‘It’s done; I’ll see you at the hotel in Paris as soon as you can get there. Have a safe flight.’ With that she closed her phone, gathered her belongings and headed for the lift.
     In the foyer she explained to the somewhat surprised receptionist that she had received some bad news from home – a death in the family – but her husband would still honour their reservation and would be along later
     ‘Would you like me to order you a taxi?’
     ‘No thanks, I’ll be fine.’ And with that she made for the main door and down the steps into the street below. The hotel had been carefully selected to be within walking distance of the railroad station; she turned right and headed in the direction following the signs she had seen on arrival. She wanted to leave without a trace in case Marvin took it into his head to follow her in an attempt to change her mind. She was felt quite confident of completing her plan, and it was unlikely that he would but it was better to be sure as time was precious to make her booking. There was a bounce in her step; she was excited in her new found freedom and the thought of taking the sleeper to Paris. Marvin would never think of riding a train. Flying was all he ever cared for besides golf, martinis and Mexican sluts.
     At the corner of the block she stood looking up at the various direction signs when a youth, dressed in a  bright red sweatshirt and white jeans suddenly appeared and said in clear accented English, ‘Hi, can I help you? Are you looking for the station?’
     His sudden appearance startled her initially as she hadn’t noticed him until he spoke and regaining her composure, she replied, ‘Yes, I am but it’s okay thanks. I can see I need to turn up here.’ She started to skirt around him.
     ‘I must help you. It is not safe for you to walk through this area alone at night.’ Before she could resist he had taken her trolley carry-on from her grasp and gestured graciously for her to walk alongside him away from the main street.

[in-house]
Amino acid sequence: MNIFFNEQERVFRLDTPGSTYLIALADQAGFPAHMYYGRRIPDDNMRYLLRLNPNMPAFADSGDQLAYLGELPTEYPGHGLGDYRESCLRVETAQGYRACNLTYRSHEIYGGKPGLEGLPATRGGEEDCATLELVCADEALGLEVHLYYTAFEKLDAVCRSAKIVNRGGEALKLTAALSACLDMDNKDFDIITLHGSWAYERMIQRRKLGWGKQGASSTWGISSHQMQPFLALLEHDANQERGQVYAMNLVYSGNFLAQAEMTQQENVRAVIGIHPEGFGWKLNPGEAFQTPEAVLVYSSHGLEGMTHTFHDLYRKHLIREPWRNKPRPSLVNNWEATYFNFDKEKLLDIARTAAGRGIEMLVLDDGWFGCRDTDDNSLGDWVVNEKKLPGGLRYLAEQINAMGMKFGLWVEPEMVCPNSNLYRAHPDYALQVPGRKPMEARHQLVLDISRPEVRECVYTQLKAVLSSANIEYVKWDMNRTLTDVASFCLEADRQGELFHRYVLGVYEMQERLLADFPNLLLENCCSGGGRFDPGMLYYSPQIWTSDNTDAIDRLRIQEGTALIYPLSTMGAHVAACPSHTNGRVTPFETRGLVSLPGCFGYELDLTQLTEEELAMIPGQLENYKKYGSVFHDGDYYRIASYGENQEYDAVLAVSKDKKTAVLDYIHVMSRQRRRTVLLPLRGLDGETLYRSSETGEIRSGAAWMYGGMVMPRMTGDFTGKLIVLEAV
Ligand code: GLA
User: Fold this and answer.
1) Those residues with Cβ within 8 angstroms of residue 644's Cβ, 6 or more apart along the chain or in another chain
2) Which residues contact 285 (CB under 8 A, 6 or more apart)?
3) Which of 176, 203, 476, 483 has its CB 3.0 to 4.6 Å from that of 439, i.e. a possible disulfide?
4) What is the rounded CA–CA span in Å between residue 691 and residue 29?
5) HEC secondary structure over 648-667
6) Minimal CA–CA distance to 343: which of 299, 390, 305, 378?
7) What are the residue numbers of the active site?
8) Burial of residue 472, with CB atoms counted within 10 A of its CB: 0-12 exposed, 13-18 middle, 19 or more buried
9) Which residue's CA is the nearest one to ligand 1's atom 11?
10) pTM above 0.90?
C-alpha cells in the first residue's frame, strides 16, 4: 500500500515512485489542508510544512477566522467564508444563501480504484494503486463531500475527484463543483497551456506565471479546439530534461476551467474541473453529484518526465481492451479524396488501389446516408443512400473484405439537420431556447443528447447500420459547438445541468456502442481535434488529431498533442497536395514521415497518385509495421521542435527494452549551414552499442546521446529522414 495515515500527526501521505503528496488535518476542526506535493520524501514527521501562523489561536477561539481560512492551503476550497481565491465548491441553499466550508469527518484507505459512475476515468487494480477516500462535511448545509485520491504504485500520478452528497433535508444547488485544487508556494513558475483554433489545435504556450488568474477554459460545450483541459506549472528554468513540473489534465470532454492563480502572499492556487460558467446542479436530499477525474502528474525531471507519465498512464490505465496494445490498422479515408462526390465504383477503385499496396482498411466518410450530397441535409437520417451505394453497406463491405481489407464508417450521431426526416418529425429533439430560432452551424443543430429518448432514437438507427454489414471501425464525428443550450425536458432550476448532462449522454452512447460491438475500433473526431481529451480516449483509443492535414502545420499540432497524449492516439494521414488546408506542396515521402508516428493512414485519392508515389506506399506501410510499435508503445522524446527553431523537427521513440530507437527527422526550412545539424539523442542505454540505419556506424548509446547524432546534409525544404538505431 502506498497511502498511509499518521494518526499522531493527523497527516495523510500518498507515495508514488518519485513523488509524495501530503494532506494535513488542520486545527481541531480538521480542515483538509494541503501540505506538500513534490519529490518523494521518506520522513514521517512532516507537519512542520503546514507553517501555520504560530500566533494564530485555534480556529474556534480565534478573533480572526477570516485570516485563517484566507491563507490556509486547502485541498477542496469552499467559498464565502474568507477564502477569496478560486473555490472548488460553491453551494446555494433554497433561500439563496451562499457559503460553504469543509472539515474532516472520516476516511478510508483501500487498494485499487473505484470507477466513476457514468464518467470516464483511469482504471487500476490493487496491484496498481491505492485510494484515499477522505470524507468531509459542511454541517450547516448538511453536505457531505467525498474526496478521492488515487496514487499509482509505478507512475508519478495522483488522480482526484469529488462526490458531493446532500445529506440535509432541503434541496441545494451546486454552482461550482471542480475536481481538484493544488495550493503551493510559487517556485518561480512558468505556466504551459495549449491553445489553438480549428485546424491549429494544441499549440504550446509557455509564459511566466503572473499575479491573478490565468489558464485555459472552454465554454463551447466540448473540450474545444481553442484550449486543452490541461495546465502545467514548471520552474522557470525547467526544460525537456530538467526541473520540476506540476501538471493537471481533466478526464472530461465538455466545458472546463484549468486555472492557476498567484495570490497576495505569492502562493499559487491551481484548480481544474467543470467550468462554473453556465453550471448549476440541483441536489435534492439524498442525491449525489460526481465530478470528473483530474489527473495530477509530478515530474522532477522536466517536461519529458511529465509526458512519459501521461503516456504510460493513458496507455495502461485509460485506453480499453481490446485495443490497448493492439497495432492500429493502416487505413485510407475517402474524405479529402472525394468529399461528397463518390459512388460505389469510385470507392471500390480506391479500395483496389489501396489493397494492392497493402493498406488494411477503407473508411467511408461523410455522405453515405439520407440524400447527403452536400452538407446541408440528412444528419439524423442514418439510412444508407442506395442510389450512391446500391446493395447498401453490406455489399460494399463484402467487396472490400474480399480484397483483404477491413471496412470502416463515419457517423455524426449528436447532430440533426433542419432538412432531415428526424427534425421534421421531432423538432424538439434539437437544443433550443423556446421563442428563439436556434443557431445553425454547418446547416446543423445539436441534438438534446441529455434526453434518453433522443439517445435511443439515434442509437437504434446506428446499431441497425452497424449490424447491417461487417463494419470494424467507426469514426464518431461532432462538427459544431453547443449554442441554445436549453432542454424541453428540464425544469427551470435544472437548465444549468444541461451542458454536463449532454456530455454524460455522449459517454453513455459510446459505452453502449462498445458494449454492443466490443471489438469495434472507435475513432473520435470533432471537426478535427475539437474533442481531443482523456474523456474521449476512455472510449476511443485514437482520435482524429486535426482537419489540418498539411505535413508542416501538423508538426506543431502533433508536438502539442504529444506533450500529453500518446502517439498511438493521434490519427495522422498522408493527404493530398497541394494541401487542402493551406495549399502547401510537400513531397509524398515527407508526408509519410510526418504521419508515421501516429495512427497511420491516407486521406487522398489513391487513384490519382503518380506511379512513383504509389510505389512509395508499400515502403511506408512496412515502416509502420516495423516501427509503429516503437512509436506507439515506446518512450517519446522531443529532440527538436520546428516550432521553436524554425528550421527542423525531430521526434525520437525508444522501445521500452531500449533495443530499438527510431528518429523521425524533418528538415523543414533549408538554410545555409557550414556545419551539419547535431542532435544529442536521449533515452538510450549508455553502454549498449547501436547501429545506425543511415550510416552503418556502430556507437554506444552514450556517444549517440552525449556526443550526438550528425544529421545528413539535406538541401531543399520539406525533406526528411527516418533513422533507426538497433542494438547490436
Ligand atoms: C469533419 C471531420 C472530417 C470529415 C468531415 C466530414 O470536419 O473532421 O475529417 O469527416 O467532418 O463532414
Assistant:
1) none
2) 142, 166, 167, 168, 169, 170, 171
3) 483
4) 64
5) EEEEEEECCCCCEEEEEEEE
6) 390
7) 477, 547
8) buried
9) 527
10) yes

‘Don’t be afraid.  It is not a problem to help you as the station is on my way home. I have just finished work and am on my way home to my mother.’
     The mention of his mother had a calming effect and she fell into step along-side him.
     ‘It really is very kind of you,’ she turned and smiled at him. ‘What kind of work do you do?’ But she never heard the answer. A hand came from behind her and over her face and mouth jerking her head violently to one side as she was manhandled into a small yard at the rear of the business premises, empty except for three rubbish carts.
     Her guide had been joined by another youth; quickly and efficiently they stripped off her jewellery and stuffed it inside her handbag. At the same moment a battered white Peugeot pick-up pulled up and they threw her carry-on into the back. The newcomer lifted the lid of one of the industrial rubbish carts and the pair of them hoisted Dolores’s unconscious body inside and slammed the lid shut. They scanned up and down the street to be sure they had not been seen; one of them snatched up her handbag and the pair jumped inside the pick-up and the vehicle took off at speed. The driver drove carefully checking for any sign of any potential hazard or the police. The whole episode had taken less than three minutes, not a word was spoken; it was executed in deadly cold, rehearsed routine.

Back in the rubbish cart Dolores’s inert body lay at an awkward angle. She appeared to be craning her neck over her right shoulder. The reason was her neck had been broken by the force her assailant had used when he snapped her head to one side. Her body had started to cool down, as a dark stain started to grow on the leg of her khaki cotton trousers; her right knee was pressed into a tray of used olive oil. A large rat crawled out from underneath her shoulder and started sniffing round her face, a face locked in a permanent look of sheer terror, eyes wide open, searching for the person she would never see.

Once in their apartment the leader of group opened his phone and said in halting English, ‘It’s done. Leave the rest of the money as agreed.’